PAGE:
Citigroup 'Simplicity

NEW YORK ( TheStreet) -- Citigroup's ( C) new "Simplicity" credit card is simply more expensive, but that does not mean it will not be a hit with customers.

Citi has tapped into the frustrating experience for most credit card customers who find themselves slapped with surprise fines and fees that are often tucked away in the fine print.

The latest card keeps it simple for borrowers by doing away with the litany of fees and multiple interest rate charges that is typically associated with cards. There will be no late fees or rate hikes if you miss a payment or go over your credit limit, no penalty rates and no annual fees, according to a Citi statement.

There will also be only one single interest rate that is applied to all transactions from purchases to cash advances. If you are wondering where the catch is, the rate, wait for it, is a variable APR (annual percentage rate) of 16.99%, higher than the average of 14.40% according to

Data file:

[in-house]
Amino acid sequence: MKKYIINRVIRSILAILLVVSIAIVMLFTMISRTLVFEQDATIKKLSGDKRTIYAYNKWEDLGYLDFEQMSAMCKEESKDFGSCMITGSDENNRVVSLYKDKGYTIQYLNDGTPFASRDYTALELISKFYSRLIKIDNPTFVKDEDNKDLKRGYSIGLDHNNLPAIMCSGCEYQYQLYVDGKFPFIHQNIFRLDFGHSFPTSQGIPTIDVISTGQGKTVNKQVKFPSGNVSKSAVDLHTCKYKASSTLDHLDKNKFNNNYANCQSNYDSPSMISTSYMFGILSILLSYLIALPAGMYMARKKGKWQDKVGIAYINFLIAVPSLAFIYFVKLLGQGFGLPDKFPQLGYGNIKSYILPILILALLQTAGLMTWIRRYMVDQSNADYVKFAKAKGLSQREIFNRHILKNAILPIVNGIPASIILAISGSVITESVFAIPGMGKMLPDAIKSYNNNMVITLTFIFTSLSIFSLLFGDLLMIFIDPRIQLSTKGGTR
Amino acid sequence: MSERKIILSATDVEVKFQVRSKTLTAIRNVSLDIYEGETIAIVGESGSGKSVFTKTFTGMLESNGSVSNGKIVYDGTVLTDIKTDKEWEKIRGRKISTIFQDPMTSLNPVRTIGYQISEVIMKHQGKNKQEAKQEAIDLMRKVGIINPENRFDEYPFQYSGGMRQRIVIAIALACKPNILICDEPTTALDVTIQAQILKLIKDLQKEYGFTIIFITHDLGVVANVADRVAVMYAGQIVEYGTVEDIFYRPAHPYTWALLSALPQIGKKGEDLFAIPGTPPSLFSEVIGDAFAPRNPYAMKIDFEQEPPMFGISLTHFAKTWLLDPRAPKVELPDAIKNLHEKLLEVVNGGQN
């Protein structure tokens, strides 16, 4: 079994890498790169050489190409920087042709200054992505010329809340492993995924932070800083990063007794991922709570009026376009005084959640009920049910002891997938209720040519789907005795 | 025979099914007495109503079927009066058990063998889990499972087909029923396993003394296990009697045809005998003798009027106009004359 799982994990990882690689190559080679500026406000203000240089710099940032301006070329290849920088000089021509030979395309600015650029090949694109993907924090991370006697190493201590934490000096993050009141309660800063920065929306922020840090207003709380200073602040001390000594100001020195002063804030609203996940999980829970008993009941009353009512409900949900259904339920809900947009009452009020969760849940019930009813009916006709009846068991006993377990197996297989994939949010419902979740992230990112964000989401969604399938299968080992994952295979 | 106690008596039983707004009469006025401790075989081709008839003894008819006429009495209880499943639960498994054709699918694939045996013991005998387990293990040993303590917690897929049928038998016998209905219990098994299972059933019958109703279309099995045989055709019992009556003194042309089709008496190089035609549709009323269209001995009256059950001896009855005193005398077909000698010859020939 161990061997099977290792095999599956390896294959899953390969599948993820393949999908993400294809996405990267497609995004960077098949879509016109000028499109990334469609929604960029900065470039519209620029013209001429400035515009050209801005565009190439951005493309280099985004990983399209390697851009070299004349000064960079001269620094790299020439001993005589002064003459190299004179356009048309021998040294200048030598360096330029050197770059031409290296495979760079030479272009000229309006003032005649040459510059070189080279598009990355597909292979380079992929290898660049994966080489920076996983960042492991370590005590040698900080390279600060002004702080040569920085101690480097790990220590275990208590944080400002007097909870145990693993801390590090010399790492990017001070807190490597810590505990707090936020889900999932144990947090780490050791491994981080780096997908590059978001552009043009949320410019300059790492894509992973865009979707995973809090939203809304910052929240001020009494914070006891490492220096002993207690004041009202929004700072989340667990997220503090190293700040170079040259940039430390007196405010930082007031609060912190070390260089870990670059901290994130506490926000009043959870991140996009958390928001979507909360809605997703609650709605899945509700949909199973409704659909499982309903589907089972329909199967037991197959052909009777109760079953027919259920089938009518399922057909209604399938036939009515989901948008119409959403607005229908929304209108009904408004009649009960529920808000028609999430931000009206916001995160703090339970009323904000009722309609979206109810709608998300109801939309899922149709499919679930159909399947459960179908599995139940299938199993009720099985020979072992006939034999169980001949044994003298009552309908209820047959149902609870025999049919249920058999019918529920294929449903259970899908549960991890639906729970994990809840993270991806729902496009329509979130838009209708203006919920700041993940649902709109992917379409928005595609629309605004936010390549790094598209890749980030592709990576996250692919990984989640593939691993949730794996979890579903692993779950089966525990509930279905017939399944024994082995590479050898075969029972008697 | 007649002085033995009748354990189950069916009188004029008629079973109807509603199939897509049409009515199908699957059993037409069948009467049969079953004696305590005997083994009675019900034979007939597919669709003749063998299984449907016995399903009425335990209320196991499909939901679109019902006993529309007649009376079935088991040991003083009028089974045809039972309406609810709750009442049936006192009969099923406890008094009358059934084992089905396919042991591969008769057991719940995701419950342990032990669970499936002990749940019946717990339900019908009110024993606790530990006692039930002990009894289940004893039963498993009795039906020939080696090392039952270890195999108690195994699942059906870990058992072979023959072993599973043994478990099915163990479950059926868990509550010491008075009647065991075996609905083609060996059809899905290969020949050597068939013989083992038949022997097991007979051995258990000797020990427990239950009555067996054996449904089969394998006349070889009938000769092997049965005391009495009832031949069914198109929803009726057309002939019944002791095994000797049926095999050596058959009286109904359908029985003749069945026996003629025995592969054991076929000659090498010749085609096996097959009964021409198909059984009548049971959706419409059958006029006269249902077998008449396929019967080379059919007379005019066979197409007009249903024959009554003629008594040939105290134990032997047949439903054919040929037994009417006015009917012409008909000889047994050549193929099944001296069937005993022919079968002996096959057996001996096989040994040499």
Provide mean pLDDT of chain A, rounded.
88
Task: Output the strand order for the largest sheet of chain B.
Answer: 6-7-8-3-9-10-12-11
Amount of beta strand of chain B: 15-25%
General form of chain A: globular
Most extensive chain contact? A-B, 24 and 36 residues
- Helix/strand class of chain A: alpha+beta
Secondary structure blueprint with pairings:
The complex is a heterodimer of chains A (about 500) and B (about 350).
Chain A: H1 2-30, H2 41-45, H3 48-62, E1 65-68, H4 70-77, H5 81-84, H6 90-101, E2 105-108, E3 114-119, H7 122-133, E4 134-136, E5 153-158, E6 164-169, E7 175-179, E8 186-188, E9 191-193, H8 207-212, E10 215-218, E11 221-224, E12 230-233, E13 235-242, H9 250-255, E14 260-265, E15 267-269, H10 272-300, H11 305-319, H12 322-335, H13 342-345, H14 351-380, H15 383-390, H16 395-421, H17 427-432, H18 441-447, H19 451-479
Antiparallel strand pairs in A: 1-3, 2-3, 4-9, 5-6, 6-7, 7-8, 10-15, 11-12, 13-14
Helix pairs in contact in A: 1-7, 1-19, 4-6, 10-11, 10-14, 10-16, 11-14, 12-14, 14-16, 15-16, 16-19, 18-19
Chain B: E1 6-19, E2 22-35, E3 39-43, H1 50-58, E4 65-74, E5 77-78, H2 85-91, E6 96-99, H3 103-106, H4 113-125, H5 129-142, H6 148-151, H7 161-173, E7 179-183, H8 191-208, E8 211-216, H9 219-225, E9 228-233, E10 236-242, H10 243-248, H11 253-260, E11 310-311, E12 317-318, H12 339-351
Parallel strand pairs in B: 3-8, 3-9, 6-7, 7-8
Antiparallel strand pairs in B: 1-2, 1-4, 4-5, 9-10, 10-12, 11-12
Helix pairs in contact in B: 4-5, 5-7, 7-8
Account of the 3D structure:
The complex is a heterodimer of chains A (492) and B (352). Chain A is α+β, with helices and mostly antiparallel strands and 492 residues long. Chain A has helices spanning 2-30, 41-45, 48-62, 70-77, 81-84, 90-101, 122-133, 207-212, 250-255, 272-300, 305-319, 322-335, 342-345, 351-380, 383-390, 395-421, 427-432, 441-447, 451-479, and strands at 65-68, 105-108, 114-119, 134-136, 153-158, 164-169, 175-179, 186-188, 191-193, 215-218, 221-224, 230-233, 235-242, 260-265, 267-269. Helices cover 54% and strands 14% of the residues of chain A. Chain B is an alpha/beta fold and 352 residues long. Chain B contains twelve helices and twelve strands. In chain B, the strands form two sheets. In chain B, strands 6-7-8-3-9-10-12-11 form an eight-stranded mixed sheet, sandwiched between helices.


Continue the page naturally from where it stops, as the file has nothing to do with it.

According to, the card is being issued to those with an excellent credit score of 720 or more- the kind of borrowers who do not fall behind on their payments anyway and therefore rarely have to pay late fees or bear penalty rates.

Still, it is a brilliant marketing gimmick. Few borrowers seem to pay attention to the interest rate. If they did, they would pay their bills on time and carry as little balance on them as possible.

Banks have been ramping up credit card operations despite a languishing economy as consumers continue to rack up debt. Consumer credit increased by $5.08 billion in May, according to the Federal Reserve.

--Written by Shanthi Bharatwaj in New York

>To contact the writer of this article, click here: Shanthi Bharatwaj.

>To follow the writer on Twitter, go to

>To submit a news tip, send an email to:
Disclosure: TheStreet's editorial policy prohibits staff editors and reporters from holding positions in any individual stocks.

If you liked this article you might like

China's Banks Halt Business With North Korea Per United Nations Sanctions

Why Hurricanes Won't Force the Fed to Ditch a December Rate Hike

Fed Pares $4.5 Trillion Balance Sheet But Easy-Money Era Isn't Over

Bank Stocks Move Higher as Fed Decides to Start Unwinding Balance Sheet

Bank Stocks Move Higher Ahead of Federal Reserve Meeting